What a difference a few months makes. Back in May, Microsoft shipped the Beta 2 version of Office 2007 and made it available to the public. Since then, over three and a half million people downloaded and installed the beta. This proves a few things, primarily that there is a lot of interest in Microsoft's next office productivity suite. And that interest is based primarily around its innovative new user interface (see my review), of which I'm an unabashed fan.

3.5 million people don't go quietly into the night. Over the preceding several months, many of those people have provided Microsoft with feedback about the new UI and the new capabilities in the software suite formerly known as Microsoft Office (but now, annoyingly, called the 2007 Microsoft Office System). Given what I know about the folks working on this amazing product, I'm not surprised to discover that they've taken the feedback to heart. So today, on September 14, 2006, they're releasing an update for Beta 2 users, called the Beta 2 Technical Refresh (TR), that showcases the changes Microsoft has made since Beta 2. This release is, of course, the basis for this review.

Where we're at

Before heading into the changes in the TR, let's step back for a second and reflect on what's really happening here. In Office 2007, Microsoft is dramatically changing the user interface for what is arguably the most-often used software on the planet after Windows itself. It is, however, only changing the UI for some applications. While Word, Excel, Access, PowerPoint and, to a lesser extent, Outlook have been wonderfully retrofitted with the new ribbon-based user interface, other Office applications retain the older menu- and toolbar-based UI that everyone loves to hate.

There's been some concern that the new UI will turn off enterprises, particularly, because of possible high training costs. I can't claim to offer any kind of scientific data to refute that, but my own experience with Office 2007 (and the TR) suggests this won't be the huge issue that some think. Indeed, I consider myself both experienced with Office and pretty set in my ways, and I've had no major issues moving to the new software. If anything, the ribbon-based UI makes it easier to find functionality that was previously hidden. My only complaint is that this will lead to the modern equivalent of those "ransom note" documents that cropped up when Apple and Adobe first made desktop publishing possible. But instead of multi-font documents, we're going to see overly colorful charts and graphs.

Anyway, the state of Office 2007, in the Beta 2 timeframe, was already good. Presumably, it gets a lot better with the TR release.

Office 2007 Beta 2 TR: The mile-high view

From a purely aesthetic point of view, the TR is much, much nicer-looking than was Beta 2. The icons (Figure) and loading images (Figure) have all been updated, for starters, giving the whole thing a much-needed spit-shine.

The upper-left corner of the application windows has been cleaned up quite a bit, answering a number of complaints. The round Office Button, as it's called, can now be double-clicked to close the window, similar to the way a standard window button has worked in Windows applications for ages. And it's got a nice pop-up help window that show up when you mouse-over it (Figure).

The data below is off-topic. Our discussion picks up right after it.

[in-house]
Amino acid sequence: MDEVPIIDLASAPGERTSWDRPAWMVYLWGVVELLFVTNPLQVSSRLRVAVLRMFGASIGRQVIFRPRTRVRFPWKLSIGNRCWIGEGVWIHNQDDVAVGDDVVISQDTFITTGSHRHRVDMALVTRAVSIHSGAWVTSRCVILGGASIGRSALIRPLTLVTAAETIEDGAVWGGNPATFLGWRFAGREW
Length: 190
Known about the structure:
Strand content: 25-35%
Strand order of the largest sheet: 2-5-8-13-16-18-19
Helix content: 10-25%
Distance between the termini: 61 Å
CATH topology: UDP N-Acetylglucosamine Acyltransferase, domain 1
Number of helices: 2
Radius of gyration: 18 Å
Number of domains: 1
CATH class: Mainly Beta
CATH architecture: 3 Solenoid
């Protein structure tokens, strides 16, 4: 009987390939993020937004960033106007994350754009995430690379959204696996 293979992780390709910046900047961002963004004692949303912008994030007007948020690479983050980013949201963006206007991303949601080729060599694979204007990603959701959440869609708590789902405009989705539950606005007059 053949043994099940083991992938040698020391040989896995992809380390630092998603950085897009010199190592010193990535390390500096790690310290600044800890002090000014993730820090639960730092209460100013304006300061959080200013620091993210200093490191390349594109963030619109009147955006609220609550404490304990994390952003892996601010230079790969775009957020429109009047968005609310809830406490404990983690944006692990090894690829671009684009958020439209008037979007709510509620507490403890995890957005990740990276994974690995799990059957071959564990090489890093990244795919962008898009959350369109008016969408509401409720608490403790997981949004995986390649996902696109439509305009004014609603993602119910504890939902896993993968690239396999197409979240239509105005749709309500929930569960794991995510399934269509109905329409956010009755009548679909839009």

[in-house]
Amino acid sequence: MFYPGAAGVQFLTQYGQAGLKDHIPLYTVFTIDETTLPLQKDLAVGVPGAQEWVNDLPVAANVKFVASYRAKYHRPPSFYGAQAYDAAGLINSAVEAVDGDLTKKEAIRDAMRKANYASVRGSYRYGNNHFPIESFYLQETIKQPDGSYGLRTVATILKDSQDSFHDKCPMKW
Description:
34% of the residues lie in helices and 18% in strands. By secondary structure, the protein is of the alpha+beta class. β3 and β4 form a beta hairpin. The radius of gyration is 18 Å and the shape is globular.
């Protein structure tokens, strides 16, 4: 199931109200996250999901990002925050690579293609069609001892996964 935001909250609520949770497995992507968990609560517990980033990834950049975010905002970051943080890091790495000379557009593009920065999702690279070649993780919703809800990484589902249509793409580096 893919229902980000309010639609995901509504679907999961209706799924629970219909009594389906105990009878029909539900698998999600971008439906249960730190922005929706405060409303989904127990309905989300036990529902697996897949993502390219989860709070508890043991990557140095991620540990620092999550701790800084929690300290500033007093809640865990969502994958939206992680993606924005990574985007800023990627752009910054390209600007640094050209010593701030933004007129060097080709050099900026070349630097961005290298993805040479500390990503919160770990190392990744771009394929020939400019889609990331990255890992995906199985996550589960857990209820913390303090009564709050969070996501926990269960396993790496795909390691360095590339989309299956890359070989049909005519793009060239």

The Quick Access Toolbar, to the right of the Office Button, has also been updated significantly. Thanks to a slightly redesigned UI, it looks more natural up there, but the big change is in its Customize menu, which offers more choices and handy ways to customize its appearance (Figure).

The big news, of course, is the ribbon. It's hard to argue that the ribbon isn't a better interface for the multitude of functionality offered by the various Office applications than was the old menu- and toolbar-based UI. But while the ribbon doesn't really take up that much more onscreen real estate than does a standard set of menus and toolbars in an equivalent Office 2003 application, there remains a strange feeling that, gee, that ribbon really does take up a lot of space.

So they've fixed it. No, they haven't just made it smaller, though it is indeed a bit smaller. What Microsoft has done, instead, is offered a way to hide the ribbon so that users can ensure that the truly important part of the application--the text editing area in Word, for example--is given the maximum amount of space. This is ingenious and, for people like me that live in Office, a wonderful change. It also has the side effect of completely obsoleting all of those outdate comedy routines depicting how one could fill an Office application's UI with toolbars, leaving just a tiny window of space in which to type. David Pogue, sorry, but you're going to have to try a bit harder in the future.

Here's how it works. If you'd like to give a ribbon-based Office application the maximum amount of editing space possible, simply double-click any of its tabs (or, open the Customize Quick Access Toolbar menu and choose Minimize the Ribbon). When you do, the application hides the ribbon, leaving a UI layout that is as simple as that of Notepad (Figure). Best of all, in this mode, you can temporarily bring the ribbon back by simply clicking any of the tabs once (Figure). In minimized mode, the ribbon appears floating over the document temporarily. It disappears when you make a selection in the ribbon or click anywhere in the document. It is, in many ways, perfect.